Thanks to the generosity of the Welsh government, businesses, organisations, local authorities and individuals, not only is this statue by the immensely talented sculptor Eve Shepherd nearing completion but four others are also planned in different locations. Lady Rhondda (1883-1958) is well known in England as the founder and editor of Time and Tide, a businesswoman, the creator of the Six Point Group and persistent campaigner for women to take their seats in the House of Lords. She was also Wales’ leading suffragette. 2020 also marks the centenary of the birth of Elaine Morgan (1920-2020), television dramatist and celebrated writer of non-fiction including The Descent of Woman (1972) and an advocate of the aquatic ape theory of evolution who was still penning weekly columns for the press in her nineties. Sarah Jane Rees (1839-1916) was a master mariner from West Wales, a national eisteddfod winner known as Cranogwen, teacher, lecturer, preacher and the first woman to edit a Welsh-language women’s magazine. And there is Elizabeth Andrews (1882-1960) who had left school aged thirteen but became a household name in the Rhondda as a champion of the rights of women and children, the first women’s organiser for Wales for the Labour Party, one of Britain’s first female magistrates, and a key figure in the establishment of pithead baths and nursery schools in South Wales.

http://monumentalwelshwomen.org

 

Hidden Tributes

March 11, 2020

 

Jason-Decaires-Taylor

Vicissitudes Jason-Decaires-Taylor

These beautiful underwater sculptures by Jason Declaires Taylor have been widely assigned the meaning of a tribute to the enslaved African people thrown overboard from slave ships. This is disputed by their creator, but is an interesting sidelight on the uses of sculpture in the course of history. There exists a need for the lives of these maltreated people to be acknowledged and honoured and these images speak to that need for reparation for so many of these vile criminal acts.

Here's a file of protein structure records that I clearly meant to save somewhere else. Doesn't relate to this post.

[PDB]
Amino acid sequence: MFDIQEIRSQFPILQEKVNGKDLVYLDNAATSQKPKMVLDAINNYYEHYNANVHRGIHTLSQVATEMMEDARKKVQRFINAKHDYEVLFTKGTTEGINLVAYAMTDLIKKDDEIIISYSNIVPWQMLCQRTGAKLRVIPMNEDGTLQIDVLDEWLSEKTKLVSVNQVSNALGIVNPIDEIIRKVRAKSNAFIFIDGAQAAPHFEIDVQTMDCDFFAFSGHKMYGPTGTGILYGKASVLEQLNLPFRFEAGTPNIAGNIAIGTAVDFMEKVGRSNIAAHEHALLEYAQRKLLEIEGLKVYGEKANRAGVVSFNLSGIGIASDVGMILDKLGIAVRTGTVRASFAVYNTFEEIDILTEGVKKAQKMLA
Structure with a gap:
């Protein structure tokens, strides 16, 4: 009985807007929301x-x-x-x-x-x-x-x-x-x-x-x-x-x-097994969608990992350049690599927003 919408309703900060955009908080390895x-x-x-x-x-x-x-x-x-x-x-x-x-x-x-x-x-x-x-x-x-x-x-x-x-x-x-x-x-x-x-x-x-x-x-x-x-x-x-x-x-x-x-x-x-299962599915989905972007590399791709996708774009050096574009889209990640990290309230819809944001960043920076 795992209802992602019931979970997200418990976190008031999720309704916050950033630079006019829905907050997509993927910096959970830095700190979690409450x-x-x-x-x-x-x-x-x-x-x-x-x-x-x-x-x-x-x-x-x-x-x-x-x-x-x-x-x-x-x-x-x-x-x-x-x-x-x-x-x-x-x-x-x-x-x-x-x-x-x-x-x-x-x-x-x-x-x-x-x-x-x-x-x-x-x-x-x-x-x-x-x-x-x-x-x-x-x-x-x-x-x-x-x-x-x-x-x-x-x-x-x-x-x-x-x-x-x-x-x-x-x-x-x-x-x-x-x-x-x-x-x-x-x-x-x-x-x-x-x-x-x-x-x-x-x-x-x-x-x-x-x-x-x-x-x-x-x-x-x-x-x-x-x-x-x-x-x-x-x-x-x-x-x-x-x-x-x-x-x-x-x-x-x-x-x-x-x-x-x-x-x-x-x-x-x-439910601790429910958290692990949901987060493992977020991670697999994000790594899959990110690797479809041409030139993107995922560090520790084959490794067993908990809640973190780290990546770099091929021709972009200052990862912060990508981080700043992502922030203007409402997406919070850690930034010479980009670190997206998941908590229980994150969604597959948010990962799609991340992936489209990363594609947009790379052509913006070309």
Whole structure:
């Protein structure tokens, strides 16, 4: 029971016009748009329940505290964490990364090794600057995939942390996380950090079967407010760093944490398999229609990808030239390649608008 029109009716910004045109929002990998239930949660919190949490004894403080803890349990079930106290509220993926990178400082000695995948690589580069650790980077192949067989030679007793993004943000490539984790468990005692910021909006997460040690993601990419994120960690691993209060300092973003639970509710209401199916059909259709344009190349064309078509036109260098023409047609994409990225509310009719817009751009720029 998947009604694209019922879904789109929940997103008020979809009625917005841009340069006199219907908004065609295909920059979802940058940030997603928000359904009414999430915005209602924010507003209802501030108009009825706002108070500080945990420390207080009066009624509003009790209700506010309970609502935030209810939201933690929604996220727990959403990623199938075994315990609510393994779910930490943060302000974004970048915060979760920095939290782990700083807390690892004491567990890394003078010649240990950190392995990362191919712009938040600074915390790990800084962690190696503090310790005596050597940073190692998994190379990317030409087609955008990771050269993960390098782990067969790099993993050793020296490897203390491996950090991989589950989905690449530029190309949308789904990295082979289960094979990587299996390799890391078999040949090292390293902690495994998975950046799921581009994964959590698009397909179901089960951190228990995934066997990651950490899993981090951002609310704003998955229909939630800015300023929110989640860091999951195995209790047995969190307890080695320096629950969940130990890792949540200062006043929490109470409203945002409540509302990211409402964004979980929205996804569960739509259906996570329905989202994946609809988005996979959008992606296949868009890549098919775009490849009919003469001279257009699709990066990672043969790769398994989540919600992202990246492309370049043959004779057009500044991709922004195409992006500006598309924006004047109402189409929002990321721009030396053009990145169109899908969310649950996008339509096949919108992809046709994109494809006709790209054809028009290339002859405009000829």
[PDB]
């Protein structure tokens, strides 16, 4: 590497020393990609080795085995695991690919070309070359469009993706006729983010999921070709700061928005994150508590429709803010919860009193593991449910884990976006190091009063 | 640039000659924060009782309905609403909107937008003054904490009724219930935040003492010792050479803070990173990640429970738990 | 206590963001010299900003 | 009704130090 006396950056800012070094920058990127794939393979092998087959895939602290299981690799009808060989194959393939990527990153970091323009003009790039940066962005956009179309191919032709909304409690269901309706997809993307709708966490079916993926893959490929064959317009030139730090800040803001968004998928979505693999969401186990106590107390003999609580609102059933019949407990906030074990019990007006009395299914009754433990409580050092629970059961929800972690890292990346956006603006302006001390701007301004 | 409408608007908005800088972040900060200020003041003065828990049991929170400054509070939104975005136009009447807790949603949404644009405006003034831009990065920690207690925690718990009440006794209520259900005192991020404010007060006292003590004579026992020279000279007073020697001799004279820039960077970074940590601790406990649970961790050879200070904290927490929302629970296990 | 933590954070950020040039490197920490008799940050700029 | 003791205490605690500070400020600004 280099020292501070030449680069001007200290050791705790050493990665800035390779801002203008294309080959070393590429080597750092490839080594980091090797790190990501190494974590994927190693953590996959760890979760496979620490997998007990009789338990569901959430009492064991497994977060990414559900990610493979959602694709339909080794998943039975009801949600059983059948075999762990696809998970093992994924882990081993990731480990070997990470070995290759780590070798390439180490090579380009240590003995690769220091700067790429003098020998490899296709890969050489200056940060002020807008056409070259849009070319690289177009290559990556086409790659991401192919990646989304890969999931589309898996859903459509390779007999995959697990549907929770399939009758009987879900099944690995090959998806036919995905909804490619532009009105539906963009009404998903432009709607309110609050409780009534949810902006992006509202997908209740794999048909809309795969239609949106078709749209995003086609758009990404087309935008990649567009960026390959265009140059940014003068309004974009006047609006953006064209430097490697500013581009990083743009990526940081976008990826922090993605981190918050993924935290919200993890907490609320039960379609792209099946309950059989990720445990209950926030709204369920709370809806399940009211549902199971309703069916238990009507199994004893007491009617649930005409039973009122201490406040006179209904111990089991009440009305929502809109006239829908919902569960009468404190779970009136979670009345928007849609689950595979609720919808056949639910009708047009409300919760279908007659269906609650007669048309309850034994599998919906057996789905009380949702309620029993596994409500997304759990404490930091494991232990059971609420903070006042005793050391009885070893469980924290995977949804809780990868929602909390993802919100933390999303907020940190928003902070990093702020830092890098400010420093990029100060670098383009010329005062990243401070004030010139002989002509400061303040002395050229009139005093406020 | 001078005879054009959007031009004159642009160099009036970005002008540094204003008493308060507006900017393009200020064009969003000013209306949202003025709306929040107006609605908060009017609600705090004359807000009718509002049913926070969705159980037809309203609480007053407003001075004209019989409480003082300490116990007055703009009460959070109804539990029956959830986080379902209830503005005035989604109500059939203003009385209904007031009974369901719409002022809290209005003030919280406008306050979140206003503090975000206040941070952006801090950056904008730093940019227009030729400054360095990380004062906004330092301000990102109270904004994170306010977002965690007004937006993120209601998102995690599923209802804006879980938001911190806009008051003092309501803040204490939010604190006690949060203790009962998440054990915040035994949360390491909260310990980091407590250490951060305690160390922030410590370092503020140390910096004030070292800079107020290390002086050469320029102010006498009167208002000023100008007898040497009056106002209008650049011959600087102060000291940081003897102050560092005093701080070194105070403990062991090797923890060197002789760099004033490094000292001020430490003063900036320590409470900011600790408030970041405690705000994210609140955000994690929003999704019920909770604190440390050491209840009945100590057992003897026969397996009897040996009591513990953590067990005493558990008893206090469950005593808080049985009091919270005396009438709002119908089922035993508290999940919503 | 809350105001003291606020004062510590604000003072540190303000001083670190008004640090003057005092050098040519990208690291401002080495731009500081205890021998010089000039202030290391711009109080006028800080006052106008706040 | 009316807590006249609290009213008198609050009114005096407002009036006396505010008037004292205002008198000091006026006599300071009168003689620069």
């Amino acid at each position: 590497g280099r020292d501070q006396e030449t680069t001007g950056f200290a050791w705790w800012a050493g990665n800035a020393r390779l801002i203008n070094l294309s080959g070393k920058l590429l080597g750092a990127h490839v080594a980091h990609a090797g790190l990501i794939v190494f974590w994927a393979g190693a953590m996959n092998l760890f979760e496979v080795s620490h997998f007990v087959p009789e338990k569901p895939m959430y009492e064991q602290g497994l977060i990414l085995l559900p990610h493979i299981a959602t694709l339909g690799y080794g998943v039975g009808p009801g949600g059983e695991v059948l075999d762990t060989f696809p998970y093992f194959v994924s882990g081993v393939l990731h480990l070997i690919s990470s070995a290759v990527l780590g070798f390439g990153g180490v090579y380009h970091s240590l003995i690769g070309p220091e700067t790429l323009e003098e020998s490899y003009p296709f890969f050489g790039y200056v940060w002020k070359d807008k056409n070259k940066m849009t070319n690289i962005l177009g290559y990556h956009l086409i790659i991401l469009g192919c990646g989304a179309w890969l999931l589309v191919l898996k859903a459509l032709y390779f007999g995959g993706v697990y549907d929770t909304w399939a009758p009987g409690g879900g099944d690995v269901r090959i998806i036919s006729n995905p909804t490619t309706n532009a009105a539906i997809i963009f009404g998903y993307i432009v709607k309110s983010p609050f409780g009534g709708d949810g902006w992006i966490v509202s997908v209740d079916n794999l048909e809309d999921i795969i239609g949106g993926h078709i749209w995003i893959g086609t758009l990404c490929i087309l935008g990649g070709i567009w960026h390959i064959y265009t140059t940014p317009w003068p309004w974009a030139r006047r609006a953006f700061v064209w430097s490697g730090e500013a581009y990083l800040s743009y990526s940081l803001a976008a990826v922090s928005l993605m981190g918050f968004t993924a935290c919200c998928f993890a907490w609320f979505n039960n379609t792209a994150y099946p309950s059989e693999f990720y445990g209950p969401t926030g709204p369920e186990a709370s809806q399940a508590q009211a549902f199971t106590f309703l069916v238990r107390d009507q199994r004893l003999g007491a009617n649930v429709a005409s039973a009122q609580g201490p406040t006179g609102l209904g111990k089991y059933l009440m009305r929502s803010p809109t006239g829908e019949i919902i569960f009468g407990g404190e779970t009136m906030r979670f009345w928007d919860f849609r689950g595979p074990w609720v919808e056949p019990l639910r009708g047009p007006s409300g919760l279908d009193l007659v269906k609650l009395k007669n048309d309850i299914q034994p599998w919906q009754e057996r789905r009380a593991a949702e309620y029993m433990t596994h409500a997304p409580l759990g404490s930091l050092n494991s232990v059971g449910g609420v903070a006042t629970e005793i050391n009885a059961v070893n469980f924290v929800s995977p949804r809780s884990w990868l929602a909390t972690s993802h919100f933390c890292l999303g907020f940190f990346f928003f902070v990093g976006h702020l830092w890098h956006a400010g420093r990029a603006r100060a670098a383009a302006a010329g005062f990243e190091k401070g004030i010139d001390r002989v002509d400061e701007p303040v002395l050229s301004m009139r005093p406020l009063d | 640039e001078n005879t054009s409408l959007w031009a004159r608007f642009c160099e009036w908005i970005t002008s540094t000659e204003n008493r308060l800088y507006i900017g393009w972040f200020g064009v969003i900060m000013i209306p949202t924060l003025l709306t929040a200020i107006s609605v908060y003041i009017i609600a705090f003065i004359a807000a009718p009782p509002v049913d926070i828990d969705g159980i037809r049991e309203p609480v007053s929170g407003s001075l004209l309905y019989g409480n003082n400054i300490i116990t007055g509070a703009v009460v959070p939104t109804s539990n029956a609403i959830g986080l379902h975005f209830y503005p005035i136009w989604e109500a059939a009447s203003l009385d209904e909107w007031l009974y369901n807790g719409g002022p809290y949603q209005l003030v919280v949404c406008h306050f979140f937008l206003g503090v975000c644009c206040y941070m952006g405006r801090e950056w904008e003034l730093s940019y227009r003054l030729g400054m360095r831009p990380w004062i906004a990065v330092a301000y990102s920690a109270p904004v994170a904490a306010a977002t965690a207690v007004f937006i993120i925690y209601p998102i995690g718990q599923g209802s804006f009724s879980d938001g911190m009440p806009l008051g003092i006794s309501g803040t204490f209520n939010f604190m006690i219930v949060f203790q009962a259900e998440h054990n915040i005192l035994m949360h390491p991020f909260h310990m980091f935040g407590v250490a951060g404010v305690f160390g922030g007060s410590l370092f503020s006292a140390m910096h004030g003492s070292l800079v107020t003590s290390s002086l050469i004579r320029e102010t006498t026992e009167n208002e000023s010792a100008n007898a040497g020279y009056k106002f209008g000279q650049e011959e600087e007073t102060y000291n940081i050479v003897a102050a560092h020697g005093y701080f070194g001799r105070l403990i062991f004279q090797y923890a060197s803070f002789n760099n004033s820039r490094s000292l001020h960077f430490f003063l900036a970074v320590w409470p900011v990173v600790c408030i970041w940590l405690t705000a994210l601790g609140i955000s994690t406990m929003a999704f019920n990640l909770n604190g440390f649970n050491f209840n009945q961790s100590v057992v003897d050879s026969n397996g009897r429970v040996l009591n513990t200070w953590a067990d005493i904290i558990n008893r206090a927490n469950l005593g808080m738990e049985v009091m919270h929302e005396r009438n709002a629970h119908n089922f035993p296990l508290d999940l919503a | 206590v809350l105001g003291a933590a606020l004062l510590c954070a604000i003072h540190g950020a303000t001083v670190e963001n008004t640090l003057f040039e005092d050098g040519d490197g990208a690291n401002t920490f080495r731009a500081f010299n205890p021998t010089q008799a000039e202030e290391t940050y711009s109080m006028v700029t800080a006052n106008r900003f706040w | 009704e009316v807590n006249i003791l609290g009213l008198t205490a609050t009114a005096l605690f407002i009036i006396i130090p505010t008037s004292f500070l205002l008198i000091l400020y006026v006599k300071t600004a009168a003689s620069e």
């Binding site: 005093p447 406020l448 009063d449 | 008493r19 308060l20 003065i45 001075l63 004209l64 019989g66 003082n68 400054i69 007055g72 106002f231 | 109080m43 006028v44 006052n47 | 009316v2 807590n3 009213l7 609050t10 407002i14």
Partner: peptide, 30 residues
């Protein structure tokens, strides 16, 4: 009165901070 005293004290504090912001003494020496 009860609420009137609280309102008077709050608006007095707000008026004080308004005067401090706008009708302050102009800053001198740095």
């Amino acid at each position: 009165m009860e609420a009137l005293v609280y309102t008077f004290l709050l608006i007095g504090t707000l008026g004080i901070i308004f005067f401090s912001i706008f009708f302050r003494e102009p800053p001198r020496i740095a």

Update 3/6/20 This need for all of us to be represented seems even more pressing when we see the repeated horror of police brutality to black men in the USA and elsewhere in the world. The killing of George Floyd has sparked a global reaction against such cruelty. In the UK there is only, to my knowledge, one statue of a named black women, Mary Seacole, the Crimean nurse, in London. Apart from her, we have the anonymous 'Bronze Woman', a memorial to the Caribbean community and especially women, in South London. There is a memorial bust of Noor Inayat Khan, Indian Muslim British WW2 Spy in London, and a life-size bronze effigy of the Native American woman Pocahontas, in Gravesend, Kent, where she died on her journey home to Virginia in 1617.

Given this paucity of representation you would be forgiven for thinking that Black Lives Matter has not fully registered in the UK.

https://www.aaihs.org/from-the-ocean-floor-death-memory-and-the-atlantic-slave-trade/

https://afroculture.net/grenada-underwater-sculptures-in-tribute-to-african-slaves/

Want to Edit Wikipedia ?

March 10, 2020

Art UK - the online home of every sculpture in the UK -  has concluded that editing Wikipedia should have more female input. To help women gain access and skills they are running events to increase women's online visibility.

In a recent survey, it was estimated that only 17.3% of Wikipedia biographies are about women, out of 1.5 million biographies. The Wikimedia Foundation also revealed in a 2011 survey that less than 10% of Wikipedia contributors identify as women. This lack of inclusive participation has led to an alarming gap of content in the world's most popular online research tool.

As part of Art UK's sculpture project, they will be co-hosting a series of events to increase the online visibility of women sculptors whose work can be found in UK collections. By hosting Wikipedia Edit-a-thons, they aim to teach individuals how to become beginner Wikipedians and fight the content gender gap.Two upcoming events focusing on women sculptors include:

Wikipedia Edit-a-thon, University of Glasgow Library, Glasgow, Monday 30th September 2019

Wikipedia Edit-a-thon, Paul Mellon Centre, London, Saturday 5th October 2019

https://artuk.org/about/about